The summer of 2014 marks one of the most highly anticipated and globally watched sporting events in history – the 19th FIFA World Cup tournament.
The World Cup is a festive time as competing countries have long prepared and awaited this moment and millions of fans from around the world will be watching on TV, computer even by phone, rooting on their fellow countrymen.
Every four years, the World Cup draws international attention and has created story-headlines in the soccer and sporting world since 1930. This year will be no different as 32 countries have qualified for the tournament, but only two countries will play for the coveted Jules Rimet Trophy, better known today as the FIFA World Cup Trophy.
Host nation, Brazil, are favorites to win the tournament, as are the reigning World Cup Champions Spain. Germany and Portugal are also heavy favorites leading up to the tournament. I myself, am an avid U.S.A supporter and with the “group of death” challenge ahead for the U.S., this could be one of the most exciting World Cups ever for the boys in red, white and blue.
Brazil last hosted the tournament in 1950 and were heavily favored then, but eventually lost 2-1 to Uruguay on home soil. Brazil last won the World Cup in 2002, and recently beat Spain 3-0 in the 2013 Confederations Cup, hosted in Brazil.
The last host nation to win the World Cup was France, who defeated Brazil 3-0 on French soil in 1998. Brazil’s current group of players would like right-the-wrong so to speak, from the 1950 loss and add to their 5 World Cup titles already. In close competition are Italy, who have won 4 times and Germany (formerly West Germany) who have won 3 times. Argentina and Uruguay have both won twice, while the Netherlands has been to the Cup final 3 times but have never won, losing in the last tournament in 2010 to Spain.
The fact that there have only been 19 World Cup tournaments and three countries have won a total of 12 Cups combined, says a lot about the competition. Not many win and it’s always hard to reach the top. While the country of Brazil has changed a lot since it last hosted the Cup in 1950, it is still regarded as the Mecca for soccer players and fans alike. Soccer fans will be in for a treat with the final being played at the Maracana this year. It is truly a special moment, the beautiful game played on a special stage.
As the 32 nations are preparing their final 23-man rosters before heading to Brazil in June, there are many issues teams will have to deal with on the pitch but some of the most concerning issues are for the players safety off the field. Brazil is a nation heavily divided in the political spectrum at the moment. Protests and clashes with local police happen on a regular basis. There are currently groups protesting the World Cup itself. Many families have been forced out of local favelas, using incentives, to clean up the slums in preparation for the World Cup, then the Olympics in 2016.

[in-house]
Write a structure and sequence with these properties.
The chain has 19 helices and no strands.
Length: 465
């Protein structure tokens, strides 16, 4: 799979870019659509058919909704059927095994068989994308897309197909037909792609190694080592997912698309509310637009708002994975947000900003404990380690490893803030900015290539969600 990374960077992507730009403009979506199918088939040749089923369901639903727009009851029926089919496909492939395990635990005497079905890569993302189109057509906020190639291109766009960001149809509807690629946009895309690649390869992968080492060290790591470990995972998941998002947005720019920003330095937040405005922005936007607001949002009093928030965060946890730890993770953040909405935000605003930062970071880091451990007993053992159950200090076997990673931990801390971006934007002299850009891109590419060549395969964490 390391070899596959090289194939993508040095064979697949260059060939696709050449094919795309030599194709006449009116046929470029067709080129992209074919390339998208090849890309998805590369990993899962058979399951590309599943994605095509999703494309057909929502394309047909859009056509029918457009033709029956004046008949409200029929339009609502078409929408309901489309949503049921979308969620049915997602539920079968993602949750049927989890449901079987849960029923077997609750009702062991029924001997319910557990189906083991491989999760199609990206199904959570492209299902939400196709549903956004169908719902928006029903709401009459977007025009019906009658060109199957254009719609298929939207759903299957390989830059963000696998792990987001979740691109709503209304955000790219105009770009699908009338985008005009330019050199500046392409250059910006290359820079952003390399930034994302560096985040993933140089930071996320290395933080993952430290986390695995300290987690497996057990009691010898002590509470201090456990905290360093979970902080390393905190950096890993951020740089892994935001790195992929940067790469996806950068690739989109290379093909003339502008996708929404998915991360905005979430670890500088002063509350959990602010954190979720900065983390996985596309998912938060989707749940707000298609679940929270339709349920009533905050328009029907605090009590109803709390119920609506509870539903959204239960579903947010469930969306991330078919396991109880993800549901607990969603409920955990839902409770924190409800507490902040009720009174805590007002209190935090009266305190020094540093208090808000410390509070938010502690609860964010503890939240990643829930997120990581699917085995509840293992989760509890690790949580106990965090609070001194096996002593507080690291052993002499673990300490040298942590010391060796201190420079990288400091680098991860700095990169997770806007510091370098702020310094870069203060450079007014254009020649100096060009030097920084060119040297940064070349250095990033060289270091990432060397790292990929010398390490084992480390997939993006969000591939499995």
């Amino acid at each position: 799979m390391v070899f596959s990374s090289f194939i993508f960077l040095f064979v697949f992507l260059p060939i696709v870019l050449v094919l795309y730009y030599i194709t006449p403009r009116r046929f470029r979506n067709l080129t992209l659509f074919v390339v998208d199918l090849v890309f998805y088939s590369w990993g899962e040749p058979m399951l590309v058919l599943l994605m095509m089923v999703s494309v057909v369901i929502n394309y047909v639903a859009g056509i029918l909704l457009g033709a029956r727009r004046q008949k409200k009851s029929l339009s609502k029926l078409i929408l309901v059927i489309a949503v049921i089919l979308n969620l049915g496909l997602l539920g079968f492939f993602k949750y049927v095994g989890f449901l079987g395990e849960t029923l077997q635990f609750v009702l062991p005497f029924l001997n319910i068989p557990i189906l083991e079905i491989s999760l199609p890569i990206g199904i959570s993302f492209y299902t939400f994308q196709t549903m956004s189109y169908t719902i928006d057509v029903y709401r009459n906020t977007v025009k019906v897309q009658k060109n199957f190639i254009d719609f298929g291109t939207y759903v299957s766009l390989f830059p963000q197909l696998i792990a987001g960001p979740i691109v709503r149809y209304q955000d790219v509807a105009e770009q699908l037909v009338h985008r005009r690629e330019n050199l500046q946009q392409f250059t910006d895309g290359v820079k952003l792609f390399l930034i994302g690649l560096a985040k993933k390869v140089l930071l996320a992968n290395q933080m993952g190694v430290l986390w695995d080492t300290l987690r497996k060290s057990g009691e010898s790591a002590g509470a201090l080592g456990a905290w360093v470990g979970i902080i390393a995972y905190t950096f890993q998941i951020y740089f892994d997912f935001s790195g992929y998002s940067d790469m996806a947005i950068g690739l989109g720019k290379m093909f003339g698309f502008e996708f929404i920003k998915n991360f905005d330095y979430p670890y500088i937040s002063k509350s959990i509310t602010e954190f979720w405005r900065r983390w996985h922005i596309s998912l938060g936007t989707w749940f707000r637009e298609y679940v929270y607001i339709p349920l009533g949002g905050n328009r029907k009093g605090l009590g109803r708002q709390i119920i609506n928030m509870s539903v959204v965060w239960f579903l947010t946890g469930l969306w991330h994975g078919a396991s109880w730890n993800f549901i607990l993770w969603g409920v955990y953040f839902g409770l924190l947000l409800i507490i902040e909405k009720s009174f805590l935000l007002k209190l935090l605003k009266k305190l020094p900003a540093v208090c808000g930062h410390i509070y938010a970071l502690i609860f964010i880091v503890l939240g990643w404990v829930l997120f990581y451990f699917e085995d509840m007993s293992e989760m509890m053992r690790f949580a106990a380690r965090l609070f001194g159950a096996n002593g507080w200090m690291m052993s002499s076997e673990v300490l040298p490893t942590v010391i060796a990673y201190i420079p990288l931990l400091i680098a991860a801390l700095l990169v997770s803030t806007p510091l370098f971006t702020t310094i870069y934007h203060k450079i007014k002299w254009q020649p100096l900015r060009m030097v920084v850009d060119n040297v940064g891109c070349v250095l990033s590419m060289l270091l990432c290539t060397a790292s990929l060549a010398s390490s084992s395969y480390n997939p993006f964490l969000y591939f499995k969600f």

There are 12 cities where matches will be played. Cities such as Rio De Janeiro and Sao Paulo are historicly famous, large cities with troubled pasts. Smaller cities such as Porto Alegre and Salvador, which are normally tourist friendly beach cities, can also be dangerous areas anytime of the day. Tourists are constant targets in these beach cities and while many fans from around the world will make their way to Brazil to support their country, these same fans will need to know where they should go to stay safe. Players must also be cognizant of where they are at all times. While most teams will travel with security personnel, many fans don’t have the same luxury.
Brazil itself has issues controlling some of the dangerous criminal activities that are near areas where games will be played. Brazil has said it will deploy up to an additional 100,000 security personnel during the games to help with the expected 600,000 foreigner supporters travelling to Brazil in June for the Cup.
With all the variables on and off the pitch, teams will also have to get acquainted with the climate in Brazil. During the summer peak, temperatures can reach the 100-degree mark in cities like Rio de Janeiro, Recife and Salvador. Areas like Sao Paulo, Braisilia and Belo Horizonte are much cooler climate areas. Some stadiums are at higher elevations and some, closer to sea level. Some European teams have had a difficult time adjusting to the vast changes in climate temperature, humidity and the summer heat will only add an extra element of unknown to the Cup.
So I will ask, who do you think will play in the World Cup final on Sunday July 13th at the world famous Maracana in Rio de Janeiro?
Check back with completefutbol.com as we bring you features on all 32 teams competing for the World Cup title each week leading up to the opening kick-off Thursday, June 12th when Brazil will take on Croatia in the Arena de Sao Paulo.